CAN YOU TALK MORE ABOUT YOUR APPROACH, GIVEN YOUR OWN UNORTHODOX BACKGROUND? It's true that I have a different academic background. But in terms of my background in this music, it's not that unorthodox. A lot of stuff I learned by myself, I had some musical instruction as a child, and then I learned by working on stuff with my peers and by apprenticing with elders. If you talked to someone like Barry Harris, that's exactly what he'd say. It's just that in the last 30 or so years, everyone goes to music school. Branford Marsalis and his generation — they all went to music school. Even though they also got to play with Art Blakey. But everyone after them went to music school. I'm one of the few exceptions of people who didn't go to a jazz education program. There are only a few in my generation who are like that, who are active out here. Craig Taborn is another one.
I find that when I play with elder musicians, often I get a certain kind of affirmation that may seem surprising. I remember when I played out in Oakland, one of them said, "You play like old people." [Laughs] I was in my early 20s. I think it was because part of the legacy of the music I connected with the most was Monk and Duke Ellington and that sphere — no pun intended! — of players and composers.
SO HE MEANT IT AS A COMPLIMENT. . . . | Oh yeah, yeah! It was a 70-year-old African-American man from Oakland saying this to me. And I learned from working with a lot of old guys. And I think it's funny that people see me as someone who's opposed to the jazz tradition. Sometimes I get static like that, "Oh that doesn't swing, probably because he can't." Well, in the 1980s, before the Young Lion thing came along, a lot of people were doing a lot of shit that was pushing the boundaries on every aspect of music, and it wasn't about whether you could swing or not, it was about whether you had something to say and whether you were being true to yourself.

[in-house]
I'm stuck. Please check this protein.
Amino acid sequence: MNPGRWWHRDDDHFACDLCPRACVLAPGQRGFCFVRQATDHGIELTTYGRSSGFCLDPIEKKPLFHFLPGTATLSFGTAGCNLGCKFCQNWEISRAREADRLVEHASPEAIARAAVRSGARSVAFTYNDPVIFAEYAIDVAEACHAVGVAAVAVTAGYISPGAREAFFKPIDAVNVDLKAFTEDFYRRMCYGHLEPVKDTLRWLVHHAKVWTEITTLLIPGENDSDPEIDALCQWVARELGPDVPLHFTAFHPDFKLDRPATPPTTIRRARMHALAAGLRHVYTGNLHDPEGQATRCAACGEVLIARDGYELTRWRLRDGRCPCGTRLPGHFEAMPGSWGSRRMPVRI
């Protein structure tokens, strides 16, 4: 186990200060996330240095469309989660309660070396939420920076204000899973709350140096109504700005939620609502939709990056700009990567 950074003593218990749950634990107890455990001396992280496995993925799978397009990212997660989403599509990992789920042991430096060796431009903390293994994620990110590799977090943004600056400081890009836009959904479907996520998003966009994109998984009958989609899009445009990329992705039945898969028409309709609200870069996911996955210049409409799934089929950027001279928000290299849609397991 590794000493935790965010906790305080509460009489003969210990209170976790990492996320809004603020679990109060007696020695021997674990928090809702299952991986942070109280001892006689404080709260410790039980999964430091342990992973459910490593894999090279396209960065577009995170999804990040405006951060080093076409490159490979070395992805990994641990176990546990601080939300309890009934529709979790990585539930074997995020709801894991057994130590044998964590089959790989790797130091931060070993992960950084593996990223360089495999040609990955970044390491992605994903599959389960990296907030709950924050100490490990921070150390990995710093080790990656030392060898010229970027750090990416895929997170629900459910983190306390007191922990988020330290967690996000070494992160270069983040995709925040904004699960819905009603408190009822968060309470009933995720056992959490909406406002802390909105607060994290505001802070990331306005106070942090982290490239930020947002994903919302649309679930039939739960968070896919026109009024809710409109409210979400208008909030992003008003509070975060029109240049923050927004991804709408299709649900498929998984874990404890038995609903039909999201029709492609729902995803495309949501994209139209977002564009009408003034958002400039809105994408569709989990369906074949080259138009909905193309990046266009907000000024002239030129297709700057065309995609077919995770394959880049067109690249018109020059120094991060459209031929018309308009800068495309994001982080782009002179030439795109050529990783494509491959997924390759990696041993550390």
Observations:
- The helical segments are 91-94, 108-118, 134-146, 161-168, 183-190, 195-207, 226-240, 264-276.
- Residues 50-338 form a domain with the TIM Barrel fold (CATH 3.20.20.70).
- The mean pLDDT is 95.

And I found that when I was coming of age and checking out a lot of music, yes, there was the Young Lions thing but there was also a very vibrant creative music scene and it was all connected. Before I worked with Steve Coleman, I was a fan of his music, and I was a fan of the Art Ensemble of Chicago, and Cecil Taylor, and Ornette, and Max Roach and Abbey Lincoln, and David Murray, and Muhal [Richard Abrams], and [Anthony] Braxton. All of these people were very visible and part of the same scene. So it wasn't like if you liked Betty Carter then you had to hate Cecil Taylor. It was more like, you'd see them together in the same place. So there was more of a sense of community and everyone was in the same boat.
That whole supposed rift between tradition and innovation, as far as I can tell, only emerged 25 years ago, and it's only deepened since then. So now you see people forcing this rhetoric of, "You don't have to be an innovator." There's room for everybody. People have a narrow idea of what it means to be connected to the tradition. Like I say, I learned in a traditional way, as far as jazz goes. But it's a tradition that predates music schools."